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Audit of the Department of Veterans’ Services Overview of Audited Entity

This section describes the makeup and responsibilities of the Department of Veterans’ Services

Table of Contents


The Department of Veterans’ Services (DVS) is an agency within the state’s Executive Office of Health and Human Services that is authorized under Section 2 of Chapter 115 of the Massachusetts General Laws to assist and advise veterans’ services officers (VSOs) regarding benefits and services for which veterans may be eligible. According to its website,

The mission of the Department of Veterans’ Services is to advocate on behalf of all the Commonwealth’s veterans and provide them with quality support services and to direct an emergency financial assistance program for those veterans and their dependents who are in need.

In addition, DVS represents state agencies and individual veterans before the United States Department of Veterans Affairs (VA) in securing compensation and available benefits.

DVS also administers a need-based benefit program, pursuant to Chapter 115 of the General Laws, through VSOs assigned to each municipality in the Commonwealth. Each city or town pays eligible veterans, or their eligible dependents, their monthly benefits1 directly, by check, at the beginning of each month and then requests reimbursement from the Commonwealth for 75% of the benefit amount paid. DVS pays the municipalities quarterly for eligible benefits, a year in arrears. DVS reimbursed local municipalities for Chapter 115 benefits of $40,149,878 in fiscal year 2020 and $39,442,237 in fiscal year 2021.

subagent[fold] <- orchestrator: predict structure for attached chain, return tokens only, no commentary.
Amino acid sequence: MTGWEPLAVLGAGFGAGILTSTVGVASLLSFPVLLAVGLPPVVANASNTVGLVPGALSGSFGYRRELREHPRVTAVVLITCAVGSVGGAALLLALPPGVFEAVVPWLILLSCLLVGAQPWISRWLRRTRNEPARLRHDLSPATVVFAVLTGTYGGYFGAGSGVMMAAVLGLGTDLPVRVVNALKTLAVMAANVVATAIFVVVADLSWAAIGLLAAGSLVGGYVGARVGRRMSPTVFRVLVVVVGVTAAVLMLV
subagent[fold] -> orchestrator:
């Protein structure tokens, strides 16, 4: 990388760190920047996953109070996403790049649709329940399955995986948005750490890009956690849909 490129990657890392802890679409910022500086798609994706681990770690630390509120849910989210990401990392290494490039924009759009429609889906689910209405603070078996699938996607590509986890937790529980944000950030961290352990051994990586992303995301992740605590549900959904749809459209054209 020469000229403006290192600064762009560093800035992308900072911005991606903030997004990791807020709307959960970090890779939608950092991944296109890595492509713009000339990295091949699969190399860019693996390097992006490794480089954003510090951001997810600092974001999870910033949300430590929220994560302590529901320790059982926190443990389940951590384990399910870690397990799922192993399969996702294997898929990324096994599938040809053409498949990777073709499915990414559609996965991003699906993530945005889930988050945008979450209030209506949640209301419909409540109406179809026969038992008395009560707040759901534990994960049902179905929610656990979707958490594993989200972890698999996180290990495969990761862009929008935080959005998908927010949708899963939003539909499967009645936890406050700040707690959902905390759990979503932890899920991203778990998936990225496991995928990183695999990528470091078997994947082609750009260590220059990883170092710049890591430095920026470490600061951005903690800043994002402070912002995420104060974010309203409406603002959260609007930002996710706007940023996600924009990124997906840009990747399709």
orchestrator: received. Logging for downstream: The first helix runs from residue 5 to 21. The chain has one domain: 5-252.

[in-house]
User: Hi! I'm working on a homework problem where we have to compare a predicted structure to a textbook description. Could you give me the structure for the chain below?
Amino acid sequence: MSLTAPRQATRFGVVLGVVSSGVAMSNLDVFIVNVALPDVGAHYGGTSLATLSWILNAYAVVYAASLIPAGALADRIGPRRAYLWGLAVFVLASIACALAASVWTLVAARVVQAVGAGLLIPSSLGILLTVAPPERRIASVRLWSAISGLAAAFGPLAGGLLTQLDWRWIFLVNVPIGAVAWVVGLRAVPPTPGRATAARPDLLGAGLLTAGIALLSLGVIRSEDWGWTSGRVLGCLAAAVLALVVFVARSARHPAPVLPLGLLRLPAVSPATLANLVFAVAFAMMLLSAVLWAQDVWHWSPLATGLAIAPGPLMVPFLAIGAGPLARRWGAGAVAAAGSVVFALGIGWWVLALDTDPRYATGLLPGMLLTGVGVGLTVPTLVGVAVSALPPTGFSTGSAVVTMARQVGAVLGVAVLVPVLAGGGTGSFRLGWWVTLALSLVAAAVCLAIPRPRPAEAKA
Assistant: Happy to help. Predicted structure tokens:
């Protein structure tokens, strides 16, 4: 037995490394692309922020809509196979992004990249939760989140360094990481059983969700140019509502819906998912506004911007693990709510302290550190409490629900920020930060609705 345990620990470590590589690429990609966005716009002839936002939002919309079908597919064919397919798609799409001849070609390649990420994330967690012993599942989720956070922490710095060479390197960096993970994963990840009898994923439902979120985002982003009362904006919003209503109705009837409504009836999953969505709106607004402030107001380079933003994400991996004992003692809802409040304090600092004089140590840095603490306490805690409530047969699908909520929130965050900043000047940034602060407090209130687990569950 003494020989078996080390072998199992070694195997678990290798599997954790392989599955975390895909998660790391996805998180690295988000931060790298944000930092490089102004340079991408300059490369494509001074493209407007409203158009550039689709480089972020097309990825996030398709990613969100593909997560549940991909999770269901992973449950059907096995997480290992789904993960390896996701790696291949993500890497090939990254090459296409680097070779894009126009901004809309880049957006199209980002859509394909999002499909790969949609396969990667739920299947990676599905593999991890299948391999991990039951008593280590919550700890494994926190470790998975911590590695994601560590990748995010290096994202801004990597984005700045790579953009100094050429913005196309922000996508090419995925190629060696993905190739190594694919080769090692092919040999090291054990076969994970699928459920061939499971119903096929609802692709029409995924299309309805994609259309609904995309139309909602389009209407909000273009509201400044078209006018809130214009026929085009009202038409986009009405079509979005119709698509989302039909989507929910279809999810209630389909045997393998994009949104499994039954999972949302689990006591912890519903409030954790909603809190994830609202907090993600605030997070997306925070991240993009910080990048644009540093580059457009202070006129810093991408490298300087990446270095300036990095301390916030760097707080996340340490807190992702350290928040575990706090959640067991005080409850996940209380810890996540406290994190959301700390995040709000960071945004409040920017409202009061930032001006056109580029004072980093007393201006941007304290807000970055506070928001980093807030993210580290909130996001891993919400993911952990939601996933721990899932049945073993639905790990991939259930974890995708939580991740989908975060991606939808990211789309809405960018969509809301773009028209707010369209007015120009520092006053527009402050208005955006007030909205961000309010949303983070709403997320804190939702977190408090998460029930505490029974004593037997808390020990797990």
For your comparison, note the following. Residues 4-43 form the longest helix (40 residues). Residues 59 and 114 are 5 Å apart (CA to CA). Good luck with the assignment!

VSOs are appointed by the mayors or boards of selectmen in cities and towns to accept applications from veterans and their dependents, determine their eligibility for benefits, and file requests for federal benefits. In partnership with VSOs, DVS helps veterans and their families navigate available federal, state, and local programs, benefits, and other resources.

During our audit period, DVS had approximately 60 employees, including managers and support personnel. Its headquarters are at 600 Washington Street in Boston.

Women Veterans’ Network

According to the VA National Center for Veterans Analysis and Statistics, there were approximately 25,000 women veterans living in Massachusetts as of September 30, 2020. The Women Veterans’ Network (WVN), a program within DVS, was established in 1997. According to WVN’s website,

[WVN’s] purpose is to find women who served in the military, some of whom may not be aware that they are veterans and eligible for benefits they have earned through their service. . . .

We provide information on federal, state and local benefits [to women veterans]. Our mission also includes expanding awareness of the needs of women veterans and identifies available resources to meet those needs.

WVN uses a database of information about women veterans in Massachusetts who have joined the network to create a mailing list for its biannual newsletter, which contains information on benefits, programs, resources, and events for women veterans. WVN also emails updates about events and programs between issues of the newsletter. Each year, WVN hosts a Women Veterans Appreciation Day ceremony, where it gives a woman veteran the Deborah Sampson Award.2 In addition, WVN hosts a conference with keynote speakers, workshops, networking opportunities, and a panel on topics that are relevant to women veterans.